Healthcare Policy, Market Access, Outcomes & Research, Pricing and Reimbursement, Research & Development

Relative Effectiveness Assessments (REA) of Pharmaceuticals — The Latest Key to Market Access and Price Premiums

Relative Effectiveness Assessments (REA) of Pharmaceuticals — The Latest Key to Market Access and Price PremiumsWith the introduction of AMNOG early last year, Germany jumped on the relative effectiveness assessment (REA) bandwagon by linking pharmaceutical prices to added therapeutic benefit scores.

Later in the year, France passed legislation that allows the national regulator to request comparative clinical data when evaluating a medicine for marketing authorisation. The country intends to take this measure quite a step further as it lobbies for its implementation at the European level. If this happens, it could be a game changer for the pharmaceutical industry — and further complicated by the fact that comparative data fit for regulatory purposes may not be fit for P&R purposes, for example comparator selection and transferability of the clinical data to national healthcare settings could be a barrier.

Comparative Clinical Data Set to Take Centre Stage
Since my blog post in January about the challenges that REA brings to pharmaceutical manufacturers, I’ve been looking further into the concept of REA. Over the last few months, we interviewed key payers and REA assessors in 8 developed and emerging markets to determine their minimum REA requirements for successful market access.* From these interviews, it is clear that in the future, securing optimal market access without comparative clinical data will become next to impossible.

But Comparative Clinical Data is No Guarantee
What’s more, our research also demonstrated that comparative clinical data do not always guarantee optimal market access. Indeed, based on the evaluation of the same comparative clinical data, markets can come to divergent P&R decisions, notably reflecting societal and methodological differences in the interpretation of the available clinical evidence.

A great example of this is Sanofi’s prostate cancer treatment Jetvana (cabazitaxel), which on the basis of the TROPIC clinical trial, convinced the German and French payers that the medicine was an improvement on existing therapies, but failed to convince the Australian and Canadian payers that it was worth funding.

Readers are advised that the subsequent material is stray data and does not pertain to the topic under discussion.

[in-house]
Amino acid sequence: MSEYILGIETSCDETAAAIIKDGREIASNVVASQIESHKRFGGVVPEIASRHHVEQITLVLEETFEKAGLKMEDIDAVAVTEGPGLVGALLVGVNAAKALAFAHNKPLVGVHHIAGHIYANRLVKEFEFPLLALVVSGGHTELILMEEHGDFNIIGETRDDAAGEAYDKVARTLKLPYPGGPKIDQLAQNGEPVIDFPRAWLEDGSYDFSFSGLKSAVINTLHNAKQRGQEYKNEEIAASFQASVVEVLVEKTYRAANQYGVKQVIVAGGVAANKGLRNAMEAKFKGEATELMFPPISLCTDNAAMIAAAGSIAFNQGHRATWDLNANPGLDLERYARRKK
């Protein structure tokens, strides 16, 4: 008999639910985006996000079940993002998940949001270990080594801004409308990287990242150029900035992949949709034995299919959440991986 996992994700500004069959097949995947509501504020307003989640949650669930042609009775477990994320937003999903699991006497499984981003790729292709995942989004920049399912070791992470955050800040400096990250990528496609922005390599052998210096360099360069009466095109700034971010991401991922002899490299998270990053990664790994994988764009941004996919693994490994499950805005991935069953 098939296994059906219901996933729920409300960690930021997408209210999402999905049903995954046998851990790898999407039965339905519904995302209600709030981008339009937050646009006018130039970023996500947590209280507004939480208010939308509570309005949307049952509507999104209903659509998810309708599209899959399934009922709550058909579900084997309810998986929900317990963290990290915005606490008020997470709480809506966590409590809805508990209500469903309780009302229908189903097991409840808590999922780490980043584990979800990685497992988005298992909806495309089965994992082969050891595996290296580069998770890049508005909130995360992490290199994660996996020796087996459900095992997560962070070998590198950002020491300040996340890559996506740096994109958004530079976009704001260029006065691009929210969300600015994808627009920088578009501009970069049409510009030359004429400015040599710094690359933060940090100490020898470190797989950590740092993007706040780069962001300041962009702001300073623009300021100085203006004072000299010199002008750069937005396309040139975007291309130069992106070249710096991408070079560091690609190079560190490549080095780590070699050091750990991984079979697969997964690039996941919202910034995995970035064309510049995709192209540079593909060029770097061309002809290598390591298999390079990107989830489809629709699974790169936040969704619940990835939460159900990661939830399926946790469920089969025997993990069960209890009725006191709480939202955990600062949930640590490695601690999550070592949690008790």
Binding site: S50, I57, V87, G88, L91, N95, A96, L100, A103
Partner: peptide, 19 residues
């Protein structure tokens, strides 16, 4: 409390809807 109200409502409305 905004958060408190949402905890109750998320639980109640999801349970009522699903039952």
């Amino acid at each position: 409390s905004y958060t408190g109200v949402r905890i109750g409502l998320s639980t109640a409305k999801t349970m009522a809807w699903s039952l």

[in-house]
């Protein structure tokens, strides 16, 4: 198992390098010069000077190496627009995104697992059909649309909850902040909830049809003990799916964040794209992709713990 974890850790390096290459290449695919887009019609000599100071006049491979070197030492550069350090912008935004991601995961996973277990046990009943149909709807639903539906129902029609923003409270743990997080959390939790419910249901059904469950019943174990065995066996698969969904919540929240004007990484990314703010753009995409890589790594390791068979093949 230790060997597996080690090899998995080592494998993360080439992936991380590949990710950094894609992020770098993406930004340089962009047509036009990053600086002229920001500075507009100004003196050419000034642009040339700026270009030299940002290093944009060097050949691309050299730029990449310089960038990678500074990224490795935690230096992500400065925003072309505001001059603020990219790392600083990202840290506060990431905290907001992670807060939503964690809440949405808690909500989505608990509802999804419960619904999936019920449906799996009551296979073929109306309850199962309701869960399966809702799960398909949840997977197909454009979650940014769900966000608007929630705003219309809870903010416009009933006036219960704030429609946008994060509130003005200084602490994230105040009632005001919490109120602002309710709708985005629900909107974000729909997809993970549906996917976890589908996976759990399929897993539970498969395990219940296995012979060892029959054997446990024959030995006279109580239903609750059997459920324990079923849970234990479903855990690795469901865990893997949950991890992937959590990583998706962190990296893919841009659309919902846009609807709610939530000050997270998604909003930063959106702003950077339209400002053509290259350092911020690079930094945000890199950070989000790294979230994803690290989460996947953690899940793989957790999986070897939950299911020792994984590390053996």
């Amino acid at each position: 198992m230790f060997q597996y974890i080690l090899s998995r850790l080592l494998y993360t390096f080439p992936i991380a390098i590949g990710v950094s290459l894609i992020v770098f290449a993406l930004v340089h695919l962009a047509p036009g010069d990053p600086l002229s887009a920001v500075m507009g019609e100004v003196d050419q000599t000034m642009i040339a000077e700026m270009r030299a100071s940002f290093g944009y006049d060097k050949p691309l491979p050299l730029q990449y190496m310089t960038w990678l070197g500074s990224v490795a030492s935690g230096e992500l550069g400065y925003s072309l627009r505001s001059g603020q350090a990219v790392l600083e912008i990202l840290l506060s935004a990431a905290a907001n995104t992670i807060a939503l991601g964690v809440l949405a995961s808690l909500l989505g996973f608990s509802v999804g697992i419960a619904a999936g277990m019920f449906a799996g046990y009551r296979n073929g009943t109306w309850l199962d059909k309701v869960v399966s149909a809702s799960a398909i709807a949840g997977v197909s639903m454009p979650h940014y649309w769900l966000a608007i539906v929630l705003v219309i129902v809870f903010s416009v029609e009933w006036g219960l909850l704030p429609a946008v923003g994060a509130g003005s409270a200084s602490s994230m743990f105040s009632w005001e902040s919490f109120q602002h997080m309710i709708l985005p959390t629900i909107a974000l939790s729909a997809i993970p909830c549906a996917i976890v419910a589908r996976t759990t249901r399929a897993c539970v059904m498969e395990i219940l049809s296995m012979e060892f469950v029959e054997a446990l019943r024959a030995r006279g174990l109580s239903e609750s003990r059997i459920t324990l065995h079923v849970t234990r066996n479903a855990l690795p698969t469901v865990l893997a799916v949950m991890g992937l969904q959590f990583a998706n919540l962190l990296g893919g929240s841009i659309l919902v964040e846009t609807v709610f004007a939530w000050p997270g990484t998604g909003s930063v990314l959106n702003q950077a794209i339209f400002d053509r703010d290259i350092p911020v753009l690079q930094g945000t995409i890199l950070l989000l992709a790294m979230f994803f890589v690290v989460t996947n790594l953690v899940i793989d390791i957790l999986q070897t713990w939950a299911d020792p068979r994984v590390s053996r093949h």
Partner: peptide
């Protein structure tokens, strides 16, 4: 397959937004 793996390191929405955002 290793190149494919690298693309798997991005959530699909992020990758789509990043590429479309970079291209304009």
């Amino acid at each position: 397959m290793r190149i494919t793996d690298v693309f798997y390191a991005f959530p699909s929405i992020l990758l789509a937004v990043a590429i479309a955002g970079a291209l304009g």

Outcomes of Jetvana’s REA Evaluation in Australia, France, Germany, and United Kingdom

Manufacturers Need True Clarity on Payers’ REA Information Needs
It’s important for manufacturers to thoroughly understand national — and sometimes regional — payers’ information needs in relation to REA, in order to adequately present the available clinical data and secure optimal market access. Indeed, manufacturers must factor in payers’ REA information needs in their late-phase clinical trials or market access strategies will be compromised, whether in terms of coverage or price. This is all the more pertinent in the current climate of debt crises and cost-containment, as REA is clearly here to stay.

The good news is that our research demonstrates that it is possible to package the available clinical data and/or design global clinical trials that meet payers’ information needs in relation to REAs across markets. Indeed, there are fundamentals that can be applied across markets when it comes to clinical trial design, endpoint and active comparator selection as well as options to plug the information gap when the data don’t quite live up to payers’ expectations.

Learn More in our New Study
Our new study The New REAlity of Relative Effectiveness Assessment: International Comparison of Evolving Requirements is available now and you can download a free extract here.

About Gaëlle Marinoni

Gaëlle Marinoni is a Manager at the IHS Life Sciences Practice, heading our healthcare multi-client studies. Previously a market access consultant, a Western European healthcare analyst, and a research scientist, she specialises in market access, pricing and reimbursement, and corporate strategies.

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In this blog, our experts share regular insights on the global life sciences industry. Join us as we look at issues in healthcare policy, market access, pricing and reimbursement and R&D. Comments are welcome!
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